Slovakia’s currency has been re-evaluated upward to reflect strong economic growth and increased foreign investment, in a move that brings the Central European state one step closer to adopting the euro.
The koruna was re-evaluated by 8.5% on 16 March 2007, raising the new exchange rate to 35.44 koruna against the euro, following a significant strengthening of the Slovak currency. The country has experienced a high growth rate of 7.9% in 2006.
The decision to adapt the rate in the Exchange Rate Mechanism II (ERM II), a “waiting room” for eurozone membership, was taken at Slovak request with the agreement of the responsible European authorities.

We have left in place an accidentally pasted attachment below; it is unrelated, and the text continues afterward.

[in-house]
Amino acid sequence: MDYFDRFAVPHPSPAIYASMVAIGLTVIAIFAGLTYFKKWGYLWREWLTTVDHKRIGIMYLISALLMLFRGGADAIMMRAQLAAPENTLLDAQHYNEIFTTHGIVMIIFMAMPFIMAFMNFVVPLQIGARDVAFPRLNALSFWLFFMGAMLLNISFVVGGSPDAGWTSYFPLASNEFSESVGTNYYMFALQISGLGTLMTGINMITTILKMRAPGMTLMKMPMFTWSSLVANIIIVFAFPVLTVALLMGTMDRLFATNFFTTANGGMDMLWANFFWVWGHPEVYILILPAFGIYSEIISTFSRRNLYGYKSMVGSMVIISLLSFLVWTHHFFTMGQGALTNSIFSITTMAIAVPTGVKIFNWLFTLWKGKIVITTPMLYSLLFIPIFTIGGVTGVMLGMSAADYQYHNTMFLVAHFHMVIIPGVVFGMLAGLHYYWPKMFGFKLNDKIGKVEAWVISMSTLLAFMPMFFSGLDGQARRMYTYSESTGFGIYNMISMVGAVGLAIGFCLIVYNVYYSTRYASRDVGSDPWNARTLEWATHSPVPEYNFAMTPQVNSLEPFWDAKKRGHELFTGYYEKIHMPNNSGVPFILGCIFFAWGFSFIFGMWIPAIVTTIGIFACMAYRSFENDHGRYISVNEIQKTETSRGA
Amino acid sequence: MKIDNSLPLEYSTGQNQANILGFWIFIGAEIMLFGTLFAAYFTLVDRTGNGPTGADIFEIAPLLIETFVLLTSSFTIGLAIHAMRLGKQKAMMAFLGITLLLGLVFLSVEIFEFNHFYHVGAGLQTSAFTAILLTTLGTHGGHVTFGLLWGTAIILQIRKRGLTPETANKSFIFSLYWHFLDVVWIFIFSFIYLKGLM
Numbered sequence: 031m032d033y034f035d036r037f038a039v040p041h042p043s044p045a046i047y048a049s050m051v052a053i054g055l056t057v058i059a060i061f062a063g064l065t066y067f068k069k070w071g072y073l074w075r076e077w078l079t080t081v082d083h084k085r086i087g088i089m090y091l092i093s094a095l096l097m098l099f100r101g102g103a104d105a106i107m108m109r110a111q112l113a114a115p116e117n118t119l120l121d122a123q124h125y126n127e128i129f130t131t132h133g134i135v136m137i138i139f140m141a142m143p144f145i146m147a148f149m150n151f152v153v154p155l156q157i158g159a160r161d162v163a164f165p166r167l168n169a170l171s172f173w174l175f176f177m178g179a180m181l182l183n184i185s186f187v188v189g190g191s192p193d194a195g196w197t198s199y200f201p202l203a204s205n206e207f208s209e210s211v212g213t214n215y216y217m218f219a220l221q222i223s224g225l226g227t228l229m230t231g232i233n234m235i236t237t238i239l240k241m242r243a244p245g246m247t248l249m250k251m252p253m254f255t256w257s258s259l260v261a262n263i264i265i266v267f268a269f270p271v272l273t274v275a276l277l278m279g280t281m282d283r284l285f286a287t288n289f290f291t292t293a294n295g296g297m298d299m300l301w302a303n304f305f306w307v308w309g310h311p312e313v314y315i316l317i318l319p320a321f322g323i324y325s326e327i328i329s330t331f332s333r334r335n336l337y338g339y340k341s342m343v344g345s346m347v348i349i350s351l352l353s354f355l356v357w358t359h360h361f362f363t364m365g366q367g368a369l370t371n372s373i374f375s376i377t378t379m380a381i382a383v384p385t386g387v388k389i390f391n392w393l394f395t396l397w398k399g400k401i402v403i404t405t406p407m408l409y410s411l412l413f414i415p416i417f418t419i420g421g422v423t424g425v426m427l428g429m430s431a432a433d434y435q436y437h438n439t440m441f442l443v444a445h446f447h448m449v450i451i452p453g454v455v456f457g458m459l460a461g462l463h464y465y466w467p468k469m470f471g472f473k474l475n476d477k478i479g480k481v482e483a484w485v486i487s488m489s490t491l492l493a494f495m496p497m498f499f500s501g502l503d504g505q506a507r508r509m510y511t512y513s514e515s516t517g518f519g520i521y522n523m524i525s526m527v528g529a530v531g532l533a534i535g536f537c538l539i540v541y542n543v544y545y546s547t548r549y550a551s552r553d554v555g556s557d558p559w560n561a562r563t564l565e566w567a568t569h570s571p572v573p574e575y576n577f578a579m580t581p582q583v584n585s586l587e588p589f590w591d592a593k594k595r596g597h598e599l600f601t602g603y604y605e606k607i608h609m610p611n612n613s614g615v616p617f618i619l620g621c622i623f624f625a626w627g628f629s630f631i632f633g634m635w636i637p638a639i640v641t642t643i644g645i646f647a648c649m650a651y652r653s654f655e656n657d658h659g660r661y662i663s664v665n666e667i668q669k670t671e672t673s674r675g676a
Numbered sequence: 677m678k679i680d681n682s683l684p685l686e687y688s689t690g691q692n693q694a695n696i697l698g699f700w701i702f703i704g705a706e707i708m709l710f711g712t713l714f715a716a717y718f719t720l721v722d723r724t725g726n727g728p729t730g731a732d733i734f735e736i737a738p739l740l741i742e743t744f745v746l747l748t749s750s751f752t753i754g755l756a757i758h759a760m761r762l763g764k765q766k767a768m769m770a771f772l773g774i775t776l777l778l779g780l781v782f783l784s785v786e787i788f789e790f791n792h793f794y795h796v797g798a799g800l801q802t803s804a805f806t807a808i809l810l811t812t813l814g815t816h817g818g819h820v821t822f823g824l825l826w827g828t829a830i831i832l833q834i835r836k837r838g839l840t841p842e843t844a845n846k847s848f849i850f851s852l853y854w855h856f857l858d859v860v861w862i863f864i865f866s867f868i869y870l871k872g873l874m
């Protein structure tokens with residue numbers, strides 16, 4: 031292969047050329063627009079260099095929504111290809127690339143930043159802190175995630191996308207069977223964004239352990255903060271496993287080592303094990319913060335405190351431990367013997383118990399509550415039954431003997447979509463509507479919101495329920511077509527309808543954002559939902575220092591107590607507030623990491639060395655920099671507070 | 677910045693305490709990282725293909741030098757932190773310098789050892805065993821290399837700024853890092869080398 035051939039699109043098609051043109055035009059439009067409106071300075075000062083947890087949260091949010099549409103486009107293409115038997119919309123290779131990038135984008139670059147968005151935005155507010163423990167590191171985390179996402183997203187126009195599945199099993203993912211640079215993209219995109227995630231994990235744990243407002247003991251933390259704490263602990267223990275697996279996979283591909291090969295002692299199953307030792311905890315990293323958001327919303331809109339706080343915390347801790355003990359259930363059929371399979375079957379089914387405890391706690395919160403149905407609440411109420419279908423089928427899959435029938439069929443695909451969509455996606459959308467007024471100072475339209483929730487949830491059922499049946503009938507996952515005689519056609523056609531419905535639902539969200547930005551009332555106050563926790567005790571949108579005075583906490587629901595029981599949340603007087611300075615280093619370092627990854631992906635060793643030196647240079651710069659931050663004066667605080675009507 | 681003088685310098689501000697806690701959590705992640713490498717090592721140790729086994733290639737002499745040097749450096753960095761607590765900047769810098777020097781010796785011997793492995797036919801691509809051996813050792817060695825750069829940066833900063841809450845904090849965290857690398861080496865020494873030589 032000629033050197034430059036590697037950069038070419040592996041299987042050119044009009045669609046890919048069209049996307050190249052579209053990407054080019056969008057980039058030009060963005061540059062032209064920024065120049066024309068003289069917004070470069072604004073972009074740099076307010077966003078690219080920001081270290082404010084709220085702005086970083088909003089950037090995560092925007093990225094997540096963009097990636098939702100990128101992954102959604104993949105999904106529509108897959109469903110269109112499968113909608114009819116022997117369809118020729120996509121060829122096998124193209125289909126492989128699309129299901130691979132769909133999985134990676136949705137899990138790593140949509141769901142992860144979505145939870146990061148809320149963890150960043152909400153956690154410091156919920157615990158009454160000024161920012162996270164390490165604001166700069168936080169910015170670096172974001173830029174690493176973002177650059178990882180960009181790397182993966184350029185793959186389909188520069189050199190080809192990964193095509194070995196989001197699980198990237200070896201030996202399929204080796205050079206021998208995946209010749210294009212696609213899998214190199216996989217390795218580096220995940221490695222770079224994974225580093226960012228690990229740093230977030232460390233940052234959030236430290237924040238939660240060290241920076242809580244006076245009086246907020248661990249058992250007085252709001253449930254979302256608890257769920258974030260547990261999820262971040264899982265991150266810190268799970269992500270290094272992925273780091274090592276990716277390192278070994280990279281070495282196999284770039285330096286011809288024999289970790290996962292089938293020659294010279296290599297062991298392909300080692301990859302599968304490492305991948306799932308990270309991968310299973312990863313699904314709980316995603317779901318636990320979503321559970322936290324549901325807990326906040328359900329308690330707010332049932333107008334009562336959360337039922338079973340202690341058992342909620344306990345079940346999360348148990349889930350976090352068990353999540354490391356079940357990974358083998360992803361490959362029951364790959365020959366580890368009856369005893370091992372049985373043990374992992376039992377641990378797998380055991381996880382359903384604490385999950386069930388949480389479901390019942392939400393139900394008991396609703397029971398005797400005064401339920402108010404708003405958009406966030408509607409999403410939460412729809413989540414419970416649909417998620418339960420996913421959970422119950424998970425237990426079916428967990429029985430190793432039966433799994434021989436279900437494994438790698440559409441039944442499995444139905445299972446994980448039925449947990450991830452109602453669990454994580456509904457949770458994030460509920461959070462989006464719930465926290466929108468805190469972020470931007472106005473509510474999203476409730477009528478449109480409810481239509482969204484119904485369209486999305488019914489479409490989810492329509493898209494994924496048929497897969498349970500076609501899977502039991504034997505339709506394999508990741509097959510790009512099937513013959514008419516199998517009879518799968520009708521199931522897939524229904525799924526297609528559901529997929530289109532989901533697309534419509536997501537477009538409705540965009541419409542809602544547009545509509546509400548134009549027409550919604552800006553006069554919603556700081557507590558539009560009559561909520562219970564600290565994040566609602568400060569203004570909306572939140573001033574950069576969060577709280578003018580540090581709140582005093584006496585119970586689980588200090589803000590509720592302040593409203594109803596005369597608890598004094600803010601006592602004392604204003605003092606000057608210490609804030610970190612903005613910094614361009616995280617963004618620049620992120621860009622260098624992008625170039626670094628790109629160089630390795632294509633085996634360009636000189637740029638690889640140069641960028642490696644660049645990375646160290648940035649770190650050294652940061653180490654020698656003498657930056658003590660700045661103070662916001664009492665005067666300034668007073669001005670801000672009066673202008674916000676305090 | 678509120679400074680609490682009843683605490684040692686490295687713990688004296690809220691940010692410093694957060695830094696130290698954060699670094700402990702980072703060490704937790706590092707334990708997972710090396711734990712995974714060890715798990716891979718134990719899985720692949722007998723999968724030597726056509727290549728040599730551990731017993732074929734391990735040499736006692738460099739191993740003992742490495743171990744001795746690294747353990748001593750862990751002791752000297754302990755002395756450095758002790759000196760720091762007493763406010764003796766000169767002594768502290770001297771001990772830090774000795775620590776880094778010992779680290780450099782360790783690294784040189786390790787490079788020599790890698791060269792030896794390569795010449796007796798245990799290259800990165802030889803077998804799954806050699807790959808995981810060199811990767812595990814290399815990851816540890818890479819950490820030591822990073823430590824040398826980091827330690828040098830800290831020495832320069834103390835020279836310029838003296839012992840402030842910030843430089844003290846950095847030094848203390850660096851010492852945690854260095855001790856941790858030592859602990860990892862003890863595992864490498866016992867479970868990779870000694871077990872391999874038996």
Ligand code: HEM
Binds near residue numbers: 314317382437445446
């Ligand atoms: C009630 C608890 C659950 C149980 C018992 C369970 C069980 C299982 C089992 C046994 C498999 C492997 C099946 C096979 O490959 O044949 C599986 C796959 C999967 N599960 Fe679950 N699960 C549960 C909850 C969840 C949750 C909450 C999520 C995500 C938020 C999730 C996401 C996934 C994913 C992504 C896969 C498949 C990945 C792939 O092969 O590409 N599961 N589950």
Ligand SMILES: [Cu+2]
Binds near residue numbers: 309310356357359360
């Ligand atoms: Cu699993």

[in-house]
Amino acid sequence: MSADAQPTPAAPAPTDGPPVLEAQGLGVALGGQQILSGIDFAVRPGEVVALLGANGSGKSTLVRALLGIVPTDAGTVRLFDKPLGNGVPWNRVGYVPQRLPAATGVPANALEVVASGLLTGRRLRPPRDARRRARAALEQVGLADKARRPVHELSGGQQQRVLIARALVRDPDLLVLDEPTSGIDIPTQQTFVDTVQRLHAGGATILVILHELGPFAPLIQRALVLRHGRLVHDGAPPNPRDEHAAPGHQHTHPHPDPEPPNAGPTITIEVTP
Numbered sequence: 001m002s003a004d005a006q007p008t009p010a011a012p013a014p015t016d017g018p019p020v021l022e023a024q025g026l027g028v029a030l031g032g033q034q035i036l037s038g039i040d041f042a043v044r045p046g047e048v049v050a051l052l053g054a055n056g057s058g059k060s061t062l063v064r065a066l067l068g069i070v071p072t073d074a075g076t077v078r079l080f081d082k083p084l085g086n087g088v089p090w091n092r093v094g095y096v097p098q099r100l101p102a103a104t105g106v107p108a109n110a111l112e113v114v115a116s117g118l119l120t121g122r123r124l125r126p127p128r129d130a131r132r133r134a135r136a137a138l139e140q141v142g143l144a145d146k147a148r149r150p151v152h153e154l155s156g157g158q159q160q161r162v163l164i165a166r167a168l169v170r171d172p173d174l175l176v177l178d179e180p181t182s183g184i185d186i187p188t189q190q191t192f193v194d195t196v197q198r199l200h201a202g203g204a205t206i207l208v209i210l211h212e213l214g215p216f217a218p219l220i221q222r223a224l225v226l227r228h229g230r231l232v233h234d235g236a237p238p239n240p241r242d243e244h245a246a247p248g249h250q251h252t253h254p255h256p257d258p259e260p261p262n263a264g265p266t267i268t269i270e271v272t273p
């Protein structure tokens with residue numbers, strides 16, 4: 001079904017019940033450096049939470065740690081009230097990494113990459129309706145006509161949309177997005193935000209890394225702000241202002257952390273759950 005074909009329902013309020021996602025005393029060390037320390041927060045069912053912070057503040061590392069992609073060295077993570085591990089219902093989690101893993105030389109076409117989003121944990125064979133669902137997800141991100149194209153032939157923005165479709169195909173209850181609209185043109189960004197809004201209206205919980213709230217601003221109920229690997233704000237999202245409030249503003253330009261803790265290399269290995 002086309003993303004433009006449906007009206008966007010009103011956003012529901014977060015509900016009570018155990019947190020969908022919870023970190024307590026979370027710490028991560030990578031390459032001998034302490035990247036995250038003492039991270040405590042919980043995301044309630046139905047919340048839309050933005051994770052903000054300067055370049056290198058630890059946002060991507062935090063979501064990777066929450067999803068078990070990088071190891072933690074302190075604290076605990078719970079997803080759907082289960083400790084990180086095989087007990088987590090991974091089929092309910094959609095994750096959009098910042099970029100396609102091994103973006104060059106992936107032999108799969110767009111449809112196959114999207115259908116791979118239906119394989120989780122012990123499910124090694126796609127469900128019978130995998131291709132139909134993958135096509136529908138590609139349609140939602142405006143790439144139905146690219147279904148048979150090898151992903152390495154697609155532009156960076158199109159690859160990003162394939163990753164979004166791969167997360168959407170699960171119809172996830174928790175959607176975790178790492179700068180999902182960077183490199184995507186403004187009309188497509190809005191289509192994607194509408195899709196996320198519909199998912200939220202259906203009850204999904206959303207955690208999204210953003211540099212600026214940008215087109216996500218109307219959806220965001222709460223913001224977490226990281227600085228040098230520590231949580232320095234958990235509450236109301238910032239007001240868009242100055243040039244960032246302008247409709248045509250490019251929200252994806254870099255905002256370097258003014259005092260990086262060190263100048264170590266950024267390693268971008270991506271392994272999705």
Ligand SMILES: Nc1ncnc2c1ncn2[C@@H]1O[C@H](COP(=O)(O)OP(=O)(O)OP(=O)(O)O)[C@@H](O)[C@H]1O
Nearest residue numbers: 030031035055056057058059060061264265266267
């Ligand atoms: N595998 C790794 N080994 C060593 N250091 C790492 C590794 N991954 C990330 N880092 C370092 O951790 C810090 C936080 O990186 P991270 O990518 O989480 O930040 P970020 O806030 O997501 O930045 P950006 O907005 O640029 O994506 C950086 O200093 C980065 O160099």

The ERM II, which Slovakia joined in 2005, allows the rate to fluctuate within a band of 15%. According to the International Monetary Fund (IMF), the country is “well poised to adopt the euro” and to meet its target date to join the common currency in 2009 along with Malta and Cyprus.
The re-evaluation of the central rate of the Slovak koruna “will support the authorities in maintaining macroeconomic stability”, the Commission said in a statement. The decision is hoped to address the risks of inflation, adjust wages to productivity growth and support the convergence process.